The collaborators were able to create peptides that blocked activity of C3a (antagonists) and others that stimulated it (agonists) with unprecedented potency and precision. Their success stems from a novel optimization-based approach, developed in the Floudas lab, for computing how a protein's three-dimensional structure will change when changes are made in the protein's chemical sequence. This ability to design peptides of a desired shape, allowed them to target the C3a receptor in precise ways.

Morikis and his graduate students Chris Kieslich and Li Zhang provided the collaborators the 3D structure of the naturally occurring peptide that normally regulates the C3a receptor in human cells. Using a portion of that structure as a flexible template, Floudas and graduate students Meghan Bellows-Peterson and Ho Ki Fung designed new peptides that were predicted either to enhance or block C3a. Monk and postdoctoral fellow Kathryn Wareham tested the predictions in rat cells, while Woodruff and student Owen Hawksworth tested them in human cells.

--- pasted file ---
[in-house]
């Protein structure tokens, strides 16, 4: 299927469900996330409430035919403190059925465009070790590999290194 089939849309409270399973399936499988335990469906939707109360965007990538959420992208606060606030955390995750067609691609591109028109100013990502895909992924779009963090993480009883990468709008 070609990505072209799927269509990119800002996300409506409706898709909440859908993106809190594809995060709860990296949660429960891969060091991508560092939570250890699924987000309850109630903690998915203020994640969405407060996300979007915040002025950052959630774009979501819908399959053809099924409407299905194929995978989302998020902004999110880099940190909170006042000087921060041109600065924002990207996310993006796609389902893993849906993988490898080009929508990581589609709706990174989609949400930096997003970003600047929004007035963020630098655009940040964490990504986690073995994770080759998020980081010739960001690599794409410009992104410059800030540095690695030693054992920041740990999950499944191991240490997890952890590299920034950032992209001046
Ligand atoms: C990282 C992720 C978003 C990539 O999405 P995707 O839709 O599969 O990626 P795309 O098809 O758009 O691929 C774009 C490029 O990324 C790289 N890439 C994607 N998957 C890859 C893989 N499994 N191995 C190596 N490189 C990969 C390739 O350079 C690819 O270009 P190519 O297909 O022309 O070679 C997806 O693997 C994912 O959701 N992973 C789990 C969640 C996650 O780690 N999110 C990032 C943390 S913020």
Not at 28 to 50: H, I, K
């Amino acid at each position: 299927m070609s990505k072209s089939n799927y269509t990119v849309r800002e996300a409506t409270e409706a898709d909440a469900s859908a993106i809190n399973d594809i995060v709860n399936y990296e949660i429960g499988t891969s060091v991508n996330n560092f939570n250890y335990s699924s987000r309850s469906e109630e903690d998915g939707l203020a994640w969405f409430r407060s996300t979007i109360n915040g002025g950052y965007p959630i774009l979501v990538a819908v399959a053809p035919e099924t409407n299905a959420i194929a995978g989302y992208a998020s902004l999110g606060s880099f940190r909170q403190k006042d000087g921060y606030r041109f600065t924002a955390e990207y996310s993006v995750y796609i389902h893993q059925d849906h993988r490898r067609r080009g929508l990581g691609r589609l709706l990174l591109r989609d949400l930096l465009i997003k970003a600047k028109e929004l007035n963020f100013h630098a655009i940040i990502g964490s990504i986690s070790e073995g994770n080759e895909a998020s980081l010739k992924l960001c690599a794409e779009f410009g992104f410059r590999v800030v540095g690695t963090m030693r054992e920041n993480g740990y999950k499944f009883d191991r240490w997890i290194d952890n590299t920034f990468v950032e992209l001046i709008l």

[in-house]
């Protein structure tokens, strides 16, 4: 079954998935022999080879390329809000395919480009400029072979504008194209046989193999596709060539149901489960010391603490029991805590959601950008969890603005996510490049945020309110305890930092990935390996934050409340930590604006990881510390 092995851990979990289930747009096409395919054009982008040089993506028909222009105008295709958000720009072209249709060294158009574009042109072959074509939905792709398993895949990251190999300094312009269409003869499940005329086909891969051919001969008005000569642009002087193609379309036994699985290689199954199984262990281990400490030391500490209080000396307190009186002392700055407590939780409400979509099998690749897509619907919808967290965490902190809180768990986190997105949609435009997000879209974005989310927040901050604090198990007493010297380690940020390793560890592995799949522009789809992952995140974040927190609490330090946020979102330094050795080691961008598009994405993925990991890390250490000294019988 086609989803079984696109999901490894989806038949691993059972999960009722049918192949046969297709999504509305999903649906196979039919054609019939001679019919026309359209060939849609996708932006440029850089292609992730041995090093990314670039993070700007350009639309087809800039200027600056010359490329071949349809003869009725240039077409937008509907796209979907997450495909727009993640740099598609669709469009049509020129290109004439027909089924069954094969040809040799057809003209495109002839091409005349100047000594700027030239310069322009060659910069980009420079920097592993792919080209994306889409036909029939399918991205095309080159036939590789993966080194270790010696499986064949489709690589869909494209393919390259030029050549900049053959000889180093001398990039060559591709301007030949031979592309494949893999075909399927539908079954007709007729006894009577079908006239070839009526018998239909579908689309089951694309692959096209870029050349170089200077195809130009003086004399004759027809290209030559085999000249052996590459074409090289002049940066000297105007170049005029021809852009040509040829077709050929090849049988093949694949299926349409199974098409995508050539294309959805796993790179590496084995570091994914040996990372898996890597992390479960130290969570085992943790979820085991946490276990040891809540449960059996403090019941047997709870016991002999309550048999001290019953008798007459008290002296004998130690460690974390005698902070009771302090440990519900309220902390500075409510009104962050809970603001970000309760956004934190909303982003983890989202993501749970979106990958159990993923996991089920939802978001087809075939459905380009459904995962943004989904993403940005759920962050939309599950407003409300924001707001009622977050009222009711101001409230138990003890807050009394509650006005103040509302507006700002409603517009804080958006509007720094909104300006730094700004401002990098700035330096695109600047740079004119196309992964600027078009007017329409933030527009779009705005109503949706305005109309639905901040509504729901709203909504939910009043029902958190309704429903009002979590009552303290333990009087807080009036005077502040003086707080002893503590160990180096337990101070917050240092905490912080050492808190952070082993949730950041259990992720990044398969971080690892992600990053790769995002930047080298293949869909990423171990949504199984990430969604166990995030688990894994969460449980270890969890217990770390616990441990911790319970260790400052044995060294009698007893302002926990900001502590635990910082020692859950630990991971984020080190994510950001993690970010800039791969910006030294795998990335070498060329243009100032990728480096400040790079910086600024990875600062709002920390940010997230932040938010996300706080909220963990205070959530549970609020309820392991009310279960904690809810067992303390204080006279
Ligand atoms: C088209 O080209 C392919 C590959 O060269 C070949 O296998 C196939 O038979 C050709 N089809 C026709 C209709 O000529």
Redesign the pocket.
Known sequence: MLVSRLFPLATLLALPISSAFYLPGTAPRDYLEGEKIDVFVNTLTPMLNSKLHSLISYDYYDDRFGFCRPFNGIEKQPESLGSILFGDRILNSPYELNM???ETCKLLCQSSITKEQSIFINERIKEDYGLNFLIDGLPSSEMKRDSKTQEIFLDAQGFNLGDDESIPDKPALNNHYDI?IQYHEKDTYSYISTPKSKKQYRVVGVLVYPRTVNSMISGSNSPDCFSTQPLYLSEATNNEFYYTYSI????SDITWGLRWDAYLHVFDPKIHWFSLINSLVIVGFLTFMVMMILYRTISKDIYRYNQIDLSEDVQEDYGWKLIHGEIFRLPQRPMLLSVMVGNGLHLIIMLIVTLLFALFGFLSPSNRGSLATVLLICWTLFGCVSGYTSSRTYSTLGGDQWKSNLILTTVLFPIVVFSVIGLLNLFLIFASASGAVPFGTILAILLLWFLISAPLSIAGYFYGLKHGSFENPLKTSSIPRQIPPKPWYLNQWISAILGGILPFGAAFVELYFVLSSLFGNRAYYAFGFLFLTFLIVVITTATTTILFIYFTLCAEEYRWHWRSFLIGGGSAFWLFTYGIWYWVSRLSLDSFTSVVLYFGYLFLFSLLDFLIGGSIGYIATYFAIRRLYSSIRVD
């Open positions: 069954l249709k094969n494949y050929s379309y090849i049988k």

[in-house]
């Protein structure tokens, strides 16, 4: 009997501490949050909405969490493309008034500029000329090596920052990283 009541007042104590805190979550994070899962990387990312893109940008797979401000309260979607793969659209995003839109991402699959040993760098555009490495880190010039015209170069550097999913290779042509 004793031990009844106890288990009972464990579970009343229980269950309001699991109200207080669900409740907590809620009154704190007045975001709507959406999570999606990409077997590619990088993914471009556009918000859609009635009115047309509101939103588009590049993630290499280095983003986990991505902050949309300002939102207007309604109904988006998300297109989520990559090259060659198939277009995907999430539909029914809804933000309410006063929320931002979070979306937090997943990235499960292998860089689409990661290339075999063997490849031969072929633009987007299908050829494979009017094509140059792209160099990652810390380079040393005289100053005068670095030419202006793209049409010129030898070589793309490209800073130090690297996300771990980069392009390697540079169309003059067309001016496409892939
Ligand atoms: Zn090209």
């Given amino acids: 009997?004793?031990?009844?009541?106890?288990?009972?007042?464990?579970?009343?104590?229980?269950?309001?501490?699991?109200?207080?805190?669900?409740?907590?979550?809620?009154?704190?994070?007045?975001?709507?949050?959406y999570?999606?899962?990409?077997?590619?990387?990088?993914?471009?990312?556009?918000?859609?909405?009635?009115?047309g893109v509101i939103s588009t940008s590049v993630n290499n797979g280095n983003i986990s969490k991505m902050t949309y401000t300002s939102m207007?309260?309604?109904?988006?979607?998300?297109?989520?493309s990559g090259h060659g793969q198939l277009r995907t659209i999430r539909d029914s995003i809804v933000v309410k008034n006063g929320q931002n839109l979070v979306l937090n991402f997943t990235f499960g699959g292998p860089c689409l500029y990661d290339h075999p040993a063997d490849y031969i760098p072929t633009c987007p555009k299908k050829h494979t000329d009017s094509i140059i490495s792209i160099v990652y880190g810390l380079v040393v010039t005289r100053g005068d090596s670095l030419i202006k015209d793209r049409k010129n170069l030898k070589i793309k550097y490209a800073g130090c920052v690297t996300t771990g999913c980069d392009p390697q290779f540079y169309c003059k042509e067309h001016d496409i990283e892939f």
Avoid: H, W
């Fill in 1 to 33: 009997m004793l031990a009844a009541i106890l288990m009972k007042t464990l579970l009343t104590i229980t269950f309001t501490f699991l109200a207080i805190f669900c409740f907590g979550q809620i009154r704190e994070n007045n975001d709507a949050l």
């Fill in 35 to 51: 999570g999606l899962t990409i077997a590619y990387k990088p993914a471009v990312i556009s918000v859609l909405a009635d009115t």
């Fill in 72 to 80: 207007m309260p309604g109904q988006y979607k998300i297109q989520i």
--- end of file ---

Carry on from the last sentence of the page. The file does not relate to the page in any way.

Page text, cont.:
Among the conditions potentially treatable through complement regulation is reperfusion injury, which occurs when blood flow is temporarily cut off to some part of the body, as in a heart attack or stroke, and then an inflammatory response develops when the blood returns. Another possible use would be in organ transplantation, in which the body often mounts a destructive immune response against the newly introduced organ. Other common conditions affected by the complement system are rheumatoid arthritis and sepsis.

As next steps, the team will seek to test their peptides in live animal models of inflammation. They also plan to explore more generally the dual role of C3a in inflammation, with an eye toward developing further drug candidates.

The work was funded in part by the National Science Foundation, National Institutes of Health, University of California Tobacco-Related Disease Research Program, Beckman Initiative for Macular Research, US Environmental Protection Agency, British Heart Foundation, and the US Department of Defense. Further details are available here: http://titan.princeton.edu/news/ournews/?name=DesignPeptideInflam